“Man is condemned to be free; because once thrown into the world, he is responsible for everything he does. It is up to you to give [life] a meaning.”
What if we could wrestle down life’s big questions using the scientific method? What if we could systematically improve human thoughts, actions, and environments in a way that shapes personal meaning and significance? Existential ergonomics is my attempt to explore just that.
The word “existential” is loaded, and “ergonomics” is not well understood, so I’ll offer some perspective.
Existential is defined as “relating to human existence” or, more broadly, “the analysis of existence and the ways humans find themselves existing in the world.” The philosophy of existentialism is concerned with finding one’s self and the meaning of life through free will, choice, and personal responsibility.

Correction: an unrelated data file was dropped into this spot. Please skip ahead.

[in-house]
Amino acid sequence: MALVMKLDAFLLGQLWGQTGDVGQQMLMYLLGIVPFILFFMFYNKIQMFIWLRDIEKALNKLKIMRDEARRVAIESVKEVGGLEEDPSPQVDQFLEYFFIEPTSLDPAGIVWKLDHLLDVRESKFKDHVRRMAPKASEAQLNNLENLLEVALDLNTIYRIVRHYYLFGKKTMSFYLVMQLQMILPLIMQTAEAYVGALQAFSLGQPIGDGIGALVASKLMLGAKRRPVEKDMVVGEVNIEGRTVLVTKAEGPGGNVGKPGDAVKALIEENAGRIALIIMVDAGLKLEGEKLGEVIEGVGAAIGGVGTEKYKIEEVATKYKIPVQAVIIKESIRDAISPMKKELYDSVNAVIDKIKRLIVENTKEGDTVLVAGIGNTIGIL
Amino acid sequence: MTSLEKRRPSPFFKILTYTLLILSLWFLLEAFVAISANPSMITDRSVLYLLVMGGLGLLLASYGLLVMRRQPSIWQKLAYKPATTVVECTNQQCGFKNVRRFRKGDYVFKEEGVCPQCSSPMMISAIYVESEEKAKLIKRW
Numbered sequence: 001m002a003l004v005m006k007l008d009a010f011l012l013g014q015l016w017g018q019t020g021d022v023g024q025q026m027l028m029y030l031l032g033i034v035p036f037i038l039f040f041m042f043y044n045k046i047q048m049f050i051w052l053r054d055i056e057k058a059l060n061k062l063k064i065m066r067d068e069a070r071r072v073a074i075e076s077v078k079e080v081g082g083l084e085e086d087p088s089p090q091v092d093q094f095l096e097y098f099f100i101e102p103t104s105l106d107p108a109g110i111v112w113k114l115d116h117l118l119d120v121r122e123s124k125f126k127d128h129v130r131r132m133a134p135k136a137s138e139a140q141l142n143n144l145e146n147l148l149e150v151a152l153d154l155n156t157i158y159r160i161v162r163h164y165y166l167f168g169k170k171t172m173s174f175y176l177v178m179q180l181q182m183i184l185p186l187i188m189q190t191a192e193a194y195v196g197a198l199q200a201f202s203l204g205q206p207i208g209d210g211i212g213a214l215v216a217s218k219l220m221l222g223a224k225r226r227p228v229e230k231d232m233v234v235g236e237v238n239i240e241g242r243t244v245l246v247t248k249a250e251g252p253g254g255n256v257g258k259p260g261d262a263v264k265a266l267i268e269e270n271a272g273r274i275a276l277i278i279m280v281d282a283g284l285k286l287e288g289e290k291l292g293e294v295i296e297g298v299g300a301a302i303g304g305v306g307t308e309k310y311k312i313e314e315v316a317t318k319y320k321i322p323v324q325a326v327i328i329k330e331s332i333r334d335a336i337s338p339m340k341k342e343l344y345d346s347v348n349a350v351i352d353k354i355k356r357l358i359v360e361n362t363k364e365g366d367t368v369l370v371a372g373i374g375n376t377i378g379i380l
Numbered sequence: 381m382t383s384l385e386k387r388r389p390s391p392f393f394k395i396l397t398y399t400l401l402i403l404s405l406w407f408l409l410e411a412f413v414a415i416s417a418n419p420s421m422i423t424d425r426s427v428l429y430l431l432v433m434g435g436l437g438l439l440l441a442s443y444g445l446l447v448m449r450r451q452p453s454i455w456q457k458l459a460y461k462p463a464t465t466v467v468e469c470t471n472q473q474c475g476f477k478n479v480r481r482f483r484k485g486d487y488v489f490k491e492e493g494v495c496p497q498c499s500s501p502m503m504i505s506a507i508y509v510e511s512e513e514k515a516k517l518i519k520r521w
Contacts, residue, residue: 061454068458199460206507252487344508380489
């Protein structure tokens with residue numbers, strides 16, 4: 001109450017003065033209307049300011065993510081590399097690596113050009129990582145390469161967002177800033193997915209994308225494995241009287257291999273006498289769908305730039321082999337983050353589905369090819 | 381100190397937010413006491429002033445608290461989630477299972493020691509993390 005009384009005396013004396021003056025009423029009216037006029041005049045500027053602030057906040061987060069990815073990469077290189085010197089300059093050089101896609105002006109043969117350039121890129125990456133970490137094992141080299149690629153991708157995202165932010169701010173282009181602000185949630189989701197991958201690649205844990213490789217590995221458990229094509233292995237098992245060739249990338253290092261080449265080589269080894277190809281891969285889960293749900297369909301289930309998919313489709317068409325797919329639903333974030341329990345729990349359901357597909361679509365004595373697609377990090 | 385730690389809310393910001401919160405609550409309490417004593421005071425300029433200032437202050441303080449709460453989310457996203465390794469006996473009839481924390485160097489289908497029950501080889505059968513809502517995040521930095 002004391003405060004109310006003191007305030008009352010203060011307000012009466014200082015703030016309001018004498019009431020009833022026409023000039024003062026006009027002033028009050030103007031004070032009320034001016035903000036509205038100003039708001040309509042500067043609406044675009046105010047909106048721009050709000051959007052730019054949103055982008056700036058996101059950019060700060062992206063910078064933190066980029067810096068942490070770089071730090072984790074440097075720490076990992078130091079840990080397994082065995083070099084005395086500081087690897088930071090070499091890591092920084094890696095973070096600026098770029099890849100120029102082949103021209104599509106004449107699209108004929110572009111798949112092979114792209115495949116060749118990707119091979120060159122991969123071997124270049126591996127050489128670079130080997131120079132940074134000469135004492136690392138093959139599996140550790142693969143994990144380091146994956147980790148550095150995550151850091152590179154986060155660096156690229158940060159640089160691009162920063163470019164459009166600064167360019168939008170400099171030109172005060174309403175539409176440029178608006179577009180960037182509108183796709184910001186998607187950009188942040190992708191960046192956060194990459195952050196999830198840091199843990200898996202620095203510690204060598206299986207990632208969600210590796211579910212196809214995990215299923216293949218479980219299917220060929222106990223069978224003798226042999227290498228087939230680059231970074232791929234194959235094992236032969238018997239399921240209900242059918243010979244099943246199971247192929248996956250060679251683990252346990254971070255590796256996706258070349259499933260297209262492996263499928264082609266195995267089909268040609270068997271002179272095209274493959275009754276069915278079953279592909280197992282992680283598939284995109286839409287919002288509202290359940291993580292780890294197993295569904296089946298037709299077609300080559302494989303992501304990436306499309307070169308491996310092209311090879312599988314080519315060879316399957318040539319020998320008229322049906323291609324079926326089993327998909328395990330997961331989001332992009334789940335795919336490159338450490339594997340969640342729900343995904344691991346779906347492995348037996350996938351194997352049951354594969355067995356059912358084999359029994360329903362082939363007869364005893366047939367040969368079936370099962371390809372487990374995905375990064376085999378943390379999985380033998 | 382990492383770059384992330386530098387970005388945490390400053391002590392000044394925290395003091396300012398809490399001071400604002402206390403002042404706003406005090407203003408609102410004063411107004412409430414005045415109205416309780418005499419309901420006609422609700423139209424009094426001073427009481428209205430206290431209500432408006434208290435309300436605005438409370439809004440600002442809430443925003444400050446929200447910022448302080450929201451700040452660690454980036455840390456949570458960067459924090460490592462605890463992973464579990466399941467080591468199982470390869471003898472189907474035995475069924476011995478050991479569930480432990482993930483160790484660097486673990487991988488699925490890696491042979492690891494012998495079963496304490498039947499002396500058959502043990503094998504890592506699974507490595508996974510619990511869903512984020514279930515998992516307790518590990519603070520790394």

Ergonomics, on the other hand, is the application of psychological and physiological principles to the engineering and design of products, processes, and systems. Think: the intuitive Apple operating systems, health-promoting standing desks, and prosthetic limbs. The ultimate goal of ergonomics is to reduce human error, increase productivity, enhance safety, and boost comfort with a specific focus on the interaction between the human and product or system.
Humans, by nature, are continually searching to find out who and what they are. This process unfolds across one’s lifetime, as choices are made based on experiences, beliefs, and outlooks. This raises the question: What might happen if we applied the principles of ergonomics to the pursuit of significance and self? What if we, as humans being, could study and design “right-fit” processes to optimize well-being and performance? What if the abstract and esoteric—such as consciousness, dreams, and aspirations—could be improved upon through the blending of psychology, sociology, engineering, and design?